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Re: guile can't find a chinese named file

From: Eli Zaretskii
Subject: Re: guile can't find a chinese named file
Date: Mon, 30 Jan 2017 21:32:41 +0200

> From: David Kastrup <address@hidden>
> Cc: address@hidden,  address@hidden
> Date: Mon, 30 Jan 2017 20:00:03 +0100
> Eli Zaretskii <address@hidden> writes:
> > One other crucial detail is that Emacs also has unibyte strings
> > (arrays of bytes), which are necessary during startup, when Emacs
> > doesn't yet know how to decode non-ASCII strings.  Without that, you
> > wouldn't be able to start Emacs in a directory whose name includes
> > non-ASCII characters, because it couldn't access files it needs to
> > read to set up some of its decoding machinery.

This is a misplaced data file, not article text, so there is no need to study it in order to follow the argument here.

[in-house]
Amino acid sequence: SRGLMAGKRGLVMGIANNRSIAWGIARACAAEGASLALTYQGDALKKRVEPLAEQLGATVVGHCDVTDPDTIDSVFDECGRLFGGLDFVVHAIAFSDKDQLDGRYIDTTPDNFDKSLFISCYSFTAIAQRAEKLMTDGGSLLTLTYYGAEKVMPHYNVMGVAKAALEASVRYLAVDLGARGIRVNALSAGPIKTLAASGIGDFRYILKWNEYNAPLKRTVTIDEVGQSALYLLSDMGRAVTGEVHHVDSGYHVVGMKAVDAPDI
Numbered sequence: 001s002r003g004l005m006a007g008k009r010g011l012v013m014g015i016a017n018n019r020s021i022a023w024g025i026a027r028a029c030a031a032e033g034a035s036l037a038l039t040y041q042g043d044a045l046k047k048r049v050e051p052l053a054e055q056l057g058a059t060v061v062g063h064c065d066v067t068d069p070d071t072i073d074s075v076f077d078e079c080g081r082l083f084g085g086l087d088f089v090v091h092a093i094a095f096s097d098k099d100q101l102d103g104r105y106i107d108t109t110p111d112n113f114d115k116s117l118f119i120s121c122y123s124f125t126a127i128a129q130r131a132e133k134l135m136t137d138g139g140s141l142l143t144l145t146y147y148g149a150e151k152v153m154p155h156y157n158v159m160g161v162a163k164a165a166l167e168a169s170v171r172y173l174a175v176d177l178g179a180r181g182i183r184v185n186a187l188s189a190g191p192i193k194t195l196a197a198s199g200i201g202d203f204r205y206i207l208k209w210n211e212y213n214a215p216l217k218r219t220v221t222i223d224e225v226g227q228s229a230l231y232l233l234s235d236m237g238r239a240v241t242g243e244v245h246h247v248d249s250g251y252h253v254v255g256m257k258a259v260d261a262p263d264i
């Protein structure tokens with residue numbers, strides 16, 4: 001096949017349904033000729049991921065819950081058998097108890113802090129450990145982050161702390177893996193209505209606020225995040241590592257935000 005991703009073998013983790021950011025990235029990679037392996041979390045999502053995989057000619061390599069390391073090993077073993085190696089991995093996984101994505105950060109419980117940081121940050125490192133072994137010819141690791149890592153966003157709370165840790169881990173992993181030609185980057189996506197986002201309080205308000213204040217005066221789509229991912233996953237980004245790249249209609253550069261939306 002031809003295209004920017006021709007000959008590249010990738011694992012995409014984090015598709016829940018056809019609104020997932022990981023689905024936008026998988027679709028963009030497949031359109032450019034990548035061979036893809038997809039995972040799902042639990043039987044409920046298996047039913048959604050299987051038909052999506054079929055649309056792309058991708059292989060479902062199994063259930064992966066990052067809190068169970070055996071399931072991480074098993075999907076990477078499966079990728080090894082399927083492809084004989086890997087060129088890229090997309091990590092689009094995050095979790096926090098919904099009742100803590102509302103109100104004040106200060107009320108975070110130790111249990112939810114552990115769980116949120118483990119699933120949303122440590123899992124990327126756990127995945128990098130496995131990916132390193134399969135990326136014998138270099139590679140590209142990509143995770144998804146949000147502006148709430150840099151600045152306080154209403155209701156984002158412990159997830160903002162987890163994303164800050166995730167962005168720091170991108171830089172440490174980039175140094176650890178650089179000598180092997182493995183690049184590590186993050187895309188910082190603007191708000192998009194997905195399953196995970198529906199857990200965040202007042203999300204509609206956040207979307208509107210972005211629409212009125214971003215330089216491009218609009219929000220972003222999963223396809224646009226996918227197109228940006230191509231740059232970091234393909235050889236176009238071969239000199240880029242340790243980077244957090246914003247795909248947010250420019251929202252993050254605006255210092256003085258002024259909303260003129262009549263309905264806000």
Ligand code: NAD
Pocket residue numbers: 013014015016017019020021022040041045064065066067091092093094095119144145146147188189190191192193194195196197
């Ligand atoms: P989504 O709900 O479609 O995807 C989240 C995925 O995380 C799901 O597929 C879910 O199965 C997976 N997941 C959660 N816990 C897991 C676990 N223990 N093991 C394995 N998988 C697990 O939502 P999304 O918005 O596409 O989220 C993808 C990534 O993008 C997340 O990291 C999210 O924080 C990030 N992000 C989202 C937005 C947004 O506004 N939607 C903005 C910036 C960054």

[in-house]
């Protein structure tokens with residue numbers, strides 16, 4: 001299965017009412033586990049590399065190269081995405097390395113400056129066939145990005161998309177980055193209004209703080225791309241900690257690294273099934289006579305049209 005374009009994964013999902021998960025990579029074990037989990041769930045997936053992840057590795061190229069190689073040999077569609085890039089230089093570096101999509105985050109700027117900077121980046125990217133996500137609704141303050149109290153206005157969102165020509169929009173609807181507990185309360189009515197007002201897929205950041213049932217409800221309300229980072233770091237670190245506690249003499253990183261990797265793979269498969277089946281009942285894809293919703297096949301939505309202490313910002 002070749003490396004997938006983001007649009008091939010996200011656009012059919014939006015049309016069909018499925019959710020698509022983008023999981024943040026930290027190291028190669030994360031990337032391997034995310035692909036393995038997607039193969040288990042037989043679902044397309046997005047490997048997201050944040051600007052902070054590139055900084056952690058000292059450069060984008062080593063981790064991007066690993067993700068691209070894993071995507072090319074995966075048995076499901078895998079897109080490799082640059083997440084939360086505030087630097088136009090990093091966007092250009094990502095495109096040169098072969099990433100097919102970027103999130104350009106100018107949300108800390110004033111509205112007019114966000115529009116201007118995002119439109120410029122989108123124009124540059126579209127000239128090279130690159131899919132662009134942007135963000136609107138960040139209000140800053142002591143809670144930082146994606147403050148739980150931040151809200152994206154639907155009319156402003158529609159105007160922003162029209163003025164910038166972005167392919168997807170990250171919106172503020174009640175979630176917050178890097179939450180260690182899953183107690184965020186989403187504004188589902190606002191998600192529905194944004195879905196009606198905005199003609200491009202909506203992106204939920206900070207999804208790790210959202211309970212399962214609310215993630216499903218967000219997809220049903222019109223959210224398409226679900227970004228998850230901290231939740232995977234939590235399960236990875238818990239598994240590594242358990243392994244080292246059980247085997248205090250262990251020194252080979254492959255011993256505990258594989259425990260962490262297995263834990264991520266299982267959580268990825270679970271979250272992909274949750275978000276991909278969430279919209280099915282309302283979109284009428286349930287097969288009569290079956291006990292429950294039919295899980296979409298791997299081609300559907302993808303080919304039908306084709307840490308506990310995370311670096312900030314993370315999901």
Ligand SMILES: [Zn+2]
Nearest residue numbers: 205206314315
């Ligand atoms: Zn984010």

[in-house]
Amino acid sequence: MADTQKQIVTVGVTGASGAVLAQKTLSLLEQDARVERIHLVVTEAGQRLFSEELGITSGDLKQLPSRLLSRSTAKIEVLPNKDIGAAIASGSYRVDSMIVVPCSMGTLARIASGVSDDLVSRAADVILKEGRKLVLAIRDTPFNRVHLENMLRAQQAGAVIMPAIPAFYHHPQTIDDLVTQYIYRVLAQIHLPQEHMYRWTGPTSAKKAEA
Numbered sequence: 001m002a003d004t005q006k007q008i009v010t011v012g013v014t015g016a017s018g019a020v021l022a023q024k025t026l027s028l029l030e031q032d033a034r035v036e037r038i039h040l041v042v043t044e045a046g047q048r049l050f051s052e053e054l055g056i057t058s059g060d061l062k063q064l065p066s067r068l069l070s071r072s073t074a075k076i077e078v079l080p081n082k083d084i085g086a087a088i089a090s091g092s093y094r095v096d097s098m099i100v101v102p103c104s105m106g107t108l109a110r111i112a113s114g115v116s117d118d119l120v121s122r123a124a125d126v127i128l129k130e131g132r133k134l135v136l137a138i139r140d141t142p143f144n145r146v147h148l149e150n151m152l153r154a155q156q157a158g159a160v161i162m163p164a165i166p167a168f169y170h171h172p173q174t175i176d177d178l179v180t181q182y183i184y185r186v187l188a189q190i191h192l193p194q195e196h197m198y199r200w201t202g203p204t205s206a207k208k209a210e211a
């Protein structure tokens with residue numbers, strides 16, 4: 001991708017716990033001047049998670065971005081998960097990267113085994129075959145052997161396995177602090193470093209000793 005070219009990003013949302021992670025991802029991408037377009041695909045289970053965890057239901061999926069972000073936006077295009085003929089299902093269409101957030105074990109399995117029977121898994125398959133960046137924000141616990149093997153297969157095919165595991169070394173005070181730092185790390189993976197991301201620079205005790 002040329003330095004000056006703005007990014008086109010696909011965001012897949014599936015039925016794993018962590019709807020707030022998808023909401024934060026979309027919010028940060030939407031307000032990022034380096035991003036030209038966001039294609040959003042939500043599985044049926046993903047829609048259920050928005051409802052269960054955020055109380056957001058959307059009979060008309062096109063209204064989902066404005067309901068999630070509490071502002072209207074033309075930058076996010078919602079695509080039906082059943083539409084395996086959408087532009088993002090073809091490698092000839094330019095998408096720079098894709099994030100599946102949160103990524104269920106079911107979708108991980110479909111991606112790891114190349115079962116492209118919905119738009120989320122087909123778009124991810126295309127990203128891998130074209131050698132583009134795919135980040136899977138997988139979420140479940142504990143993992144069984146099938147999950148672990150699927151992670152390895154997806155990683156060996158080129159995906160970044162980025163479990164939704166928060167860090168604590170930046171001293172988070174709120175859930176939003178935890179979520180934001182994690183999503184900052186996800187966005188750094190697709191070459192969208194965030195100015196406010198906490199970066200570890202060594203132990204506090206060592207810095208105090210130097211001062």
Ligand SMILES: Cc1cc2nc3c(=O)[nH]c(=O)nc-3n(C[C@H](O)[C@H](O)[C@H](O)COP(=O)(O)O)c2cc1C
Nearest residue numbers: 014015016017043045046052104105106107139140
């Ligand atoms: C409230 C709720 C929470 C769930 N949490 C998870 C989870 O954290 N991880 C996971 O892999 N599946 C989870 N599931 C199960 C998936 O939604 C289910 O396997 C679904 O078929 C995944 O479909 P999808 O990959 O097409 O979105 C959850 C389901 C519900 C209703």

> Hm, I know that XEmacs-Mule emphatically does not have unibyte strings
> (and Stephen considers them a complication and abomination that should
> never have been left in Emacs), so it must be possible to get away
> without them.

I doubt that's possible, at least not in general.  (You could get away
if you assumed UTF-8 encoded file names.)  Some translation tables for
some encodings must load files using the likes of load-path, and if
that includes non-ASCII file names, you are screwed unless you can use
unibyte strings.  That is why all Emacs primitives that accept file
names support both unibyte and multibyte strings as file names.

> And I don't think that the comparatively worse Mule implementation
> of XEmacs is due to that decision.

Emacs 20 vintage Mule didn't have all the sophisticated Unicode
support machinery we have today, so maybe for that subset the above
wasn't necessary.  Then again, Emacs couldn't be safely built or
started in a non-ASCII directory until just a few years ago, so
perhaps no one bothered to test that thoroughly with XEmacs, except in
ISO 2022 locales.

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